Jesse James My Father

written by Jesse James, Jr.

The First and Only True Story of His Adventures Ever Written



What follows is the text of a book published in 1899 by Jesse Edwards James, son of Jesse James and Zee Mimms James. The first half of the book is Jesse Jr.'s remembrances of his famous father, who he didn't know was the famous outlaw until after his death. He includes all he remembers plus stories told to him by his family. The second half of the book (not to be included on this website) is the story of his own problems being accused of train robbery. Copies of the complete book may be found at ABEBOOKS:

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[pictures on this page not from original text]



[this is a long chapter and has been broken up into parts]

Part II


The death of my father did not bring a cessation of train or bank robberies. This nefarious method of robbery went right on and has continued to the present time, and probably will go on, like Tennyson's brook, forever.

The death of my father created one of the greatest sensations that the West had ever known. He was killed April 3, 1882. I have clipped from the Kansas City Journal of April 4, 1882, the news account, head lines and all, of that tragedy, and here reproduce a part of it as a bit of history that will be found deeply interesting to all who have been interested enough in the story this book tells to have read this far into it:


The Notorious Outlaw and Bandit, Jesse James, Killed at St. Joseph by R. Ford, of Ray County, a Young Man But Twenty-one Years of Age. —The Deadly Weapon Used Presented to His Slayer by His Victim But a Short Time Since.—Jesse in Kansas City During the Past Year and Residing on One of the Principal Streets.—Kansas City Excited Over the Receipt of the News —Talks With People.—Life of the Dead Man.

"I've got him, sure," was the telegram that came to the city yesterday. It was meaningless to almost everybody, yet it contained news of the greatest importance. Jesse James was the person referred to, and as he was a corpse, the sender of the dispatch was confident that he had him sure.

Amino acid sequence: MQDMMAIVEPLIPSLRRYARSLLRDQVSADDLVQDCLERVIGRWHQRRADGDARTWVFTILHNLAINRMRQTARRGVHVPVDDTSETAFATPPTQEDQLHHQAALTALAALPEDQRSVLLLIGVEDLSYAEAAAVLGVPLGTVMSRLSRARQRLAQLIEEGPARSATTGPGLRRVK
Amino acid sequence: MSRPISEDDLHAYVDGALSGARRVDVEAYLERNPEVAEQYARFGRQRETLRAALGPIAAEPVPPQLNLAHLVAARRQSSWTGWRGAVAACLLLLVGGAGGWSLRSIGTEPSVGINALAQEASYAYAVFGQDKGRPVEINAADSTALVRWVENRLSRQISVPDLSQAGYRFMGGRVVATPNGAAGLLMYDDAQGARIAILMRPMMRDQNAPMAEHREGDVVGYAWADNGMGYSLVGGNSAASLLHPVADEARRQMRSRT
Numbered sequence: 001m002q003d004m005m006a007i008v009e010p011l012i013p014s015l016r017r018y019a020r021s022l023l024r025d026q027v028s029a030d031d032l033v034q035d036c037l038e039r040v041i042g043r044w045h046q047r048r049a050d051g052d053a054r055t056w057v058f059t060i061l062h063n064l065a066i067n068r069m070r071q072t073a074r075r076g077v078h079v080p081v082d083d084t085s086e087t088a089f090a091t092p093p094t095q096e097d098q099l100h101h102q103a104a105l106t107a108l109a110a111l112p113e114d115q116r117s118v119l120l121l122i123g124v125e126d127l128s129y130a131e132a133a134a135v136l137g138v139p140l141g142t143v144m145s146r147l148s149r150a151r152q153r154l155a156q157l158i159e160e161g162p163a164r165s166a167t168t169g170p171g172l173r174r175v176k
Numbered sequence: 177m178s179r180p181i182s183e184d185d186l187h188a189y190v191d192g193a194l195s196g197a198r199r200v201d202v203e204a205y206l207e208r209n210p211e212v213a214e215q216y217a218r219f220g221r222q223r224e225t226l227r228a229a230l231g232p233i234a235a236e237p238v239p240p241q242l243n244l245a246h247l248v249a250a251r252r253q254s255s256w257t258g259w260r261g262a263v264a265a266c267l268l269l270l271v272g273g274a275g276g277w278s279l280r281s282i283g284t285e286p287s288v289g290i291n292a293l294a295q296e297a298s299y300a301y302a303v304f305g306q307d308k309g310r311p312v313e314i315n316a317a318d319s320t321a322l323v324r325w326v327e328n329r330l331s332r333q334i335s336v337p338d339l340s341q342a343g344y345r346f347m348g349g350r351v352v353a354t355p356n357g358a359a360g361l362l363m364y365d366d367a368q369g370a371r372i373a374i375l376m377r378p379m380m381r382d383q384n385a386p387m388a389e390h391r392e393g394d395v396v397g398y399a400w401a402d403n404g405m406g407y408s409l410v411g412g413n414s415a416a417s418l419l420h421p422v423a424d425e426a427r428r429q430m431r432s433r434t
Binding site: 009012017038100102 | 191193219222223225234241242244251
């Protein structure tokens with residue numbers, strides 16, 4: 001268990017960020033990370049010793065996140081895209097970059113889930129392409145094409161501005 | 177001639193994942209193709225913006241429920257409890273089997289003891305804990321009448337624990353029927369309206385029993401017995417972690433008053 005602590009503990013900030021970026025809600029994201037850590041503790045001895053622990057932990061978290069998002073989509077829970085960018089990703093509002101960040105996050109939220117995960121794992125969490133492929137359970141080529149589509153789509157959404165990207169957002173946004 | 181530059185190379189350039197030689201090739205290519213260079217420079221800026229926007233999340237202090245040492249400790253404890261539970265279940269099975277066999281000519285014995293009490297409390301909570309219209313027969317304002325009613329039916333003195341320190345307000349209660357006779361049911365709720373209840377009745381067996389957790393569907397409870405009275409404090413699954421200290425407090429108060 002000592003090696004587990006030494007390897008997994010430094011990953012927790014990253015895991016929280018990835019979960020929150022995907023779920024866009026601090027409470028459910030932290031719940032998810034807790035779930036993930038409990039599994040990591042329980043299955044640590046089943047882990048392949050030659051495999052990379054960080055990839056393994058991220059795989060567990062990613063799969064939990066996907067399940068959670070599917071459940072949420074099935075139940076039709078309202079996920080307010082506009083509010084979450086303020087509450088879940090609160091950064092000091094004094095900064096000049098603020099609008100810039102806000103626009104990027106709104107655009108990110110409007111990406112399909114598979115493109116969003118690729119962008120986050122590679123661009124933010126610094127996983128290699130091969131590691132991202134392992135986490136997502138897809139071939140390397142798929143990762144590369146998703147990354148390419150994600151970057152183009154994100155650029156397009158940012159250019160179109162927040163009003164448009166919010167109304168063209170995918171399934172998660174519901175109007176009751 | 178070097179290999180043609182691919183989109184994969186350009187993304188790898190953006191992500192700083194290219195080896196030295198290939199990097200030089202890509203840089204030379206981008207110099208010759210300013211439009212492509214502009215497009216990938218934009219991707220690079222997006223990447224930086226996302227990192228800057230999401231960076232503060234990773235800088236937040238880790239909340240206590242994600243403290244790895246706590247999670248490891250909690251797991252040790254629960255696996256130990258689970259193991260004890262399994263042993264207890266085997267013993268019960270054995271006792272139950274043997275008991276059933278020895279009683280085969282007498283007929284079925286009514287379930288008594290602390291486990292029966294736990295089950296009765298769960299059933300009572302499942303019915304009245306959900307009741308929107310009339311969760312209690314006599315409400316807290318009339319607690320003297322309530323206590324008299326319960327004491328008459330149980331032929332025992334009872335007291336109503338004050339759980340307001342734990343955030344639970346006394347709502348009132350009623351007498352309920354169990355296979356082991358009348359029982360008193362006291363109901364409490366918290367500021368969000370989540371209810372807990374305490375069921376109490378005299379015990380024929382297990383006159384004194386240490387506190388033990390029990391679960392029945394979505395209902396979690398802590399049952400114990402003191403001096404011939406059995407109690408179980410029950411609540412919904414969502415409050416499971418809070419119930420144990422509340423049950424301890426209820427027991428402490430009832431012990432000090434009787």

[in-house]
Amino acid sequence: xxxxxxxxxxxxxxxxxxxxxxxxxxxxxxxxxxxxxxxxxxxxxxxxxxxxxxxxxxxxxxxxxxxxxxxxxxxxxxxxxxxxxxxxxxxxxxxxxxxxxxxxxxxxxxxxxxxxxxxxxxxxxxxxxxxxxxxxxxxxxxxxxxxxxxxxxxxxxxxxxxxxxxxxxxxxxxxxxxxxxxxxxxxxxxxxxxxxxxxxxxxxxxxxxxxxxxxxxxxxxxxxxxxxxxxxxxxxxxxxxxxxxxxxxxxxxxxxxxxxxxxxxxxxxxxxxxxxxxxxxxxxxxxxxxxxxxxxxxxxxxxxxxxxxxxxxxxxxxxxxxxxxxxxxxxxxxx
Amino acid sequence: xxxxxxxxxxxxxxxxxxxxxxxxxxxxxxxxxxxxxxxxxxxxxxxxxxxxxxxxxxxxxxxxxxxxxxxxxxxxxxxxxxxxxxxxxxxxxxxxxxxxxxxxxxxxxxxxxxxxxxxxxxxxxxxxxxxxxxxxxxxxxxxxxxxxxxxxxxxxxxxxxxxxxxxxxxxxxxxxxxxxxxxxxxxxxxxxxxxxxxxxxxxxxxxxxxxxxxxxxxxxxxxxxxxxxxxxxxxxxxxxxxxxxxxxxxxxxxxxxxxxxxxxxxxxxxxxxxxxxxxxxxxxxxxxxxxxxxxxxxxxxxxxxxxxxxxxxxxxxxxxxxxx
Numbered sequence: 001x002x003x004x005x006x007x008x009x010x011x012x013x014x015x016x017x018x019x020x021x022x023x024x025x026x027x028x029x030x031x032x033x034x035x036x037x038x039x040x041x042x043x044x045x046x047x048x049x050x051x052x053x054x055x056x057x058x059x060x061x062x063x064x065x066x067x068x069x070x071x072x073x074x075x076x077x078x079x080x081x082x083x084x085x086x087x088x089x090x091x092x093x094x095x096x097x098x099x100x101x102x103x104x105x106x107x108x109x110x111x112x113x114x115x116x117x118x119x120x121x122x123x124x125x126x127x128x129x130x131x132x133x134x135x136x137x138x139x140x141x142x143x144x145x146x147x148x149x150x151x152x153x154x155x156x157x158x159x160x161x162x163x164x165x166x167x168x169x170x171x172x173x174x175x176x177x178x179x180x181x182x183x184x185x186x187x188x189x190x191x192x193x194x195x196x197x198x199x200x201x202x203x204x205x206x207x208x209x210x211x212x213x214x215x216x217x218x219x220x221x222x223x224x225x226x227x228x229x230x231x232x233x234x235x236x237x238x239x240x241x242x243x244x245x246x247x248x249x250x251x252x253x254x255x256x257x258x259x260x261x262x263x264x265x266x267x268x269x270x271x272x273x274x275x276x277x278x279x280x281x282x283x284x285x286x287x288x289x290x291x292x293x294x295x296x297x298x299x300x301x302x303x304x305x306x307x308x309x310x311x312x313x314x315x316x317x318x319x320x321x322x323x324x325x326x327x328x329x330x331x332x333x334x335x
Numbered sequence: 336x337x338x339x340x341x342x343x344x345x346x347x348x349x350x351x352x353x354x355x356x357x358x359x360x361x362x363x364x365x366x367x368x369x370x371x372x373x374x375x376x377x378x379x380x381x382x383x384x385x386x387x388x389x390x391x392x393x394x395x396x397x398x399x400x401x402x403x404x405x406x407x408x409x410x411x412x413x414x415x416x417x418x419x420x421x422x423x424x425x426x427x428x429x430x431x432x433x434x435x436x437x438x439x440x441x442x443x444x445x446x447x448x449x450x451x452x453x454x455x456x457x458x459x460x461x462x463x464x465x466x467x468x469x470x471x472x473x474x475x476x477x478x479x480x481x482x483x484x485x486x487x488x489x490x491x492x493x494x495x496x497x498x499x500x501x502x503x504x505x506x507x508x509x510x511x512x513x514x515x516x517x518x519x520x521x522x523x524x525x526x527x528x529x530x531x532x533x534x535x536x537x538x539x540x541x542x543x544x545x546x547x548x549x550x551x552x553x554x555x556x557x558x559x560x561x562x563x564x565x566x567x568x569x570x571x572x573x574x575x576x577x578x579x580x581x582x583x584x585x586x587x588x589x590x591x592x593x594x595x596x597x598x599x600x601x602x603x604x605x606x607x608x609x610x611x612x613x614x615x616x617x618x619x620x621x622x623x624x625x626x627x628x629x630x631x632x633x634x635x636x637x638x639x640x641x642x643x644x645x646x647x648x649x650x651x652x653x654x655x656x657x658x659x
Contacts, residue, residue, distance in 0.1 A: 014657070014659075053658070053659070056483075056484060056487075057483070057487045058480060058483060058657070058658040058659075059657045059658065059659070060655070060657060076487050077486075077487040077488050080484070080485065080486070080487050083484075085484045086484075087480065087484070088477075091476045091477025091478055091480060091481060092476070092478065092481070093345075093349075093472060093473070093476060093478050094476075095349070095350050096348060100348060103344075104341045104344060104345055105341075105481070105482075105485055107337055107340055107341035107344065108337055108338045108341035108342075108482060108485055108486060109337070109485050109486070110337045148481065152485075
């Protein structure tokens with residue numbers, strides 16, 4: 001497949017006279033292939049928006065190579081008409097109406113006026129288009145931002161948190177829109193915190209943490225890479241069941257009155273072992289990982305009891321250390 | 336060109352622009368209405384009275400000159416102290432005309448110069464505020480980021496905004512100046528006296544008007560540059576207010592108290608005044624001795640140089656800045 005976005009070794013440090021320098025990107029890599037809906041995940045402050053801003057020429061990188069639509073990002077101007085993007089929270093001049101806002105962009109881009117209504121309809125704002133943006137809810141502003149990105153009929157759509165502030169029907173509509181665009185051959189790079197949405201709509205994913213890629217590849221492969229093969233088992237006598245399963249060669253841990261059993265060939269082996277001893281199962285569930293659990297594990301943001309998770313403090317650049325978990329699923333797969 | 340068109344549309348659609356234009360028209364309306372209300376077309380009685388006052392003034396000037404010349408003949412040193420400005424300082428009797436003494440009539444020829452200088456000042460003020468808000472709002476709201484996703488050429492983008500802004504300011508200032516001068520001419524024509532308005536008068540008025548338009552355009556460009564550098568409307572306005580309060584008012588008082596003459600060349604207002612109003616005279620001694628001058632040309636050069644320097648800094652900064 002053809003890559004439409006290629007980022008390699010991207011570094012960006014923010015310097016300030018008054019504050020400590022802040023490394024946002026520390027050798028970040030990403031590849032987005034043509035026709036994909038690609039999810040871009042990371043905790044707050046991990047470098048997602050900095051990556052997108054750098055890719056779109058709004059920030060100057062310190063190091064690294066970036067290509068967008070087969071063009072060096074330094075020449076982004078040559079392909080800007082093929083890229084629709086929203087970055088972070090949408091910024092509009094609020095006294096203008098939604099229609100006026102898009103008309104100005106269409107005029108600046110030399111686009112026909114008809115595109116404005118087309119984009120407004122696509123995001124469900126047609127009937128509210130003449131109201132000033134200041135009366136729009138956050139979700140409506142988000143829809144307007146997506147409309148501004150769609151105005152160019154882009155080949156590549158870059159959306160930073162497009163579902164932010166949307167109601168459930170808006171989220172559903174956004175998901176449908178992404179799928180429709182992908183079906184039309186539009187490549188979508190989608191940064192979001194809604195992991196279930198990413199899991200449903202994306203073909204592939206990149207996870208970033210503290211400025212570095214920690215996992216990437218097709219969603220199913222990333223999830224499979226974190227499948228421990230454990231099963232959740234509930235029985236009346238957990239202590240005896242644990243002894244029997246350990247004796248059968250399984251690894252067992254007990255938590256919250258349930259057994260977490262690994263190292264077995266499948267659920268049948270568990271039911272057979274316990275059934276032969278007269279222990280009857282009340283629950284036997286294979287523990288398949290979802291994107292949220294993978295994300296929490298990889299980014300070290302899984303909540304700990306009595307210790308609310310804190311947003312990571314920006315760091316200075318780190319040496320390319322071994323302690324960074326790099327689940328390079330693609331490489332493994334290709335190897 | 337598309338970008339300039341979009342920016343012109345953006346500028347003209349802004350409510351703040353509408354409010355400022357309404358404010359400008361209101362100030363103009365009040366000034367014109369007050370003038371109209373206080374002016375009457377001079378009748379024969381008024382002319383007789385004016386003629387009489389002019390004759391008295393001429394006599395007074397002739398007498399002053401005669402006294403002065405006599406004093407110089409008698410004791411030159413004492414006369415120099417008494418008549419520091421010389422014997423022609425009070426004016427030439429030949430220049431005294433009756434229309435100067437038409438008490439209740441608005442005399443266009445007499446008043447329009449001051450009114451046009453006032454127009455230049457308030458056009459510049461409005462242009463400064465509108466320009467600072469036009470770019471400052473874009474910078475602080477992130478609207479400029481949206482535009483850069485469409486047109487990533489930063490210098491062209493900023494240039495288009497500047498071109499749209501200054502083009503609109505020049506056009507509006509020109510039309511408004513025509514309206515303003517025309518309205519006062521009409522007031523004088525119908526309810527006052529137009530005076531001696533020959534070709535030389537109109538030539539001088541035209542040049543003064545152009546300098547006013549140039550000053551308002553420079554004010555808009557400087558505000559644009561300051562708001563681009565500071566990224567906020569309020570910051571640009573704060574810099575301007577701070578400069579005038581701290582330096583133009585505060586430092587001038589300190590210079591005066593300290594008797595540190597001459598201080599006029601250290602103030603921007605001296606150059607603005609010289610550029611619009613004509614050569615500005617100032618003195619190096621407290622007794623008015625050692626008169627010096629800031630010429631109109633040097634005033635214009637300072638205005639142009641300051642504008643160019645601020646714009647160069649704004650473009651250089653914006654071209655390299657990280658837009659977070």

At 9 o'clock yesterday morning Jesse James was shot dead at St. Joseph, Mo., by Robert Ford, a young man about twenty-one years of age, from Ray County. Ford, being acquainted with the James gang, recently planned the death of Jesse. This plan was concocted in this city, and was, as it has been seen, successfully carried out. His brother Charles was with him at the time of the killing, and the wife of Jesse was in the kitchen of the house in which they were living. At his death Jesse was hanging pictures. He had but a few minutes before being killed, divested himself of his coat and his revolvers. He never spoke a word after falling to the floor. The slayers gave themselves up soon after the killing, and an inquest over the remains was begun.


Special Dispatch, to the Kansas City Journal:

ST. JOSEPH, Mo., April 3.—Between eight and nine o'clock this morning Jesse James, the Missouri outlaw, before whose record the deeds of Fra Diavolo, Dick Turpin and Shinterhannes dwindled into insignificance, was killed by a boy twenty-one years old named Robt. Ford, at his temporary residence on Thirteenth and Lafayette streets, in this city. In the light of all moral reasoning the shooting was wholly unjustifiable, but the law is vindicated, and the $10,000 reward offered by the state will doubtless go to the man who had the courage to draw a revolver on the notorious outlaw when his back was turned, as in this case. There is little doubt that the killing was the result of a premeditated plan formed by Robert and Charles Ford several months ago. Charles had been an accomplice of Jesse James since the third of last November, and entirely possessed his confidence. Robert Ford, his brother, joined Jesse near Mrs. Samuels (the mother of the James boys), last Friday a week ago, and accompanied Jesse and Charles to this city Sunday, March 23.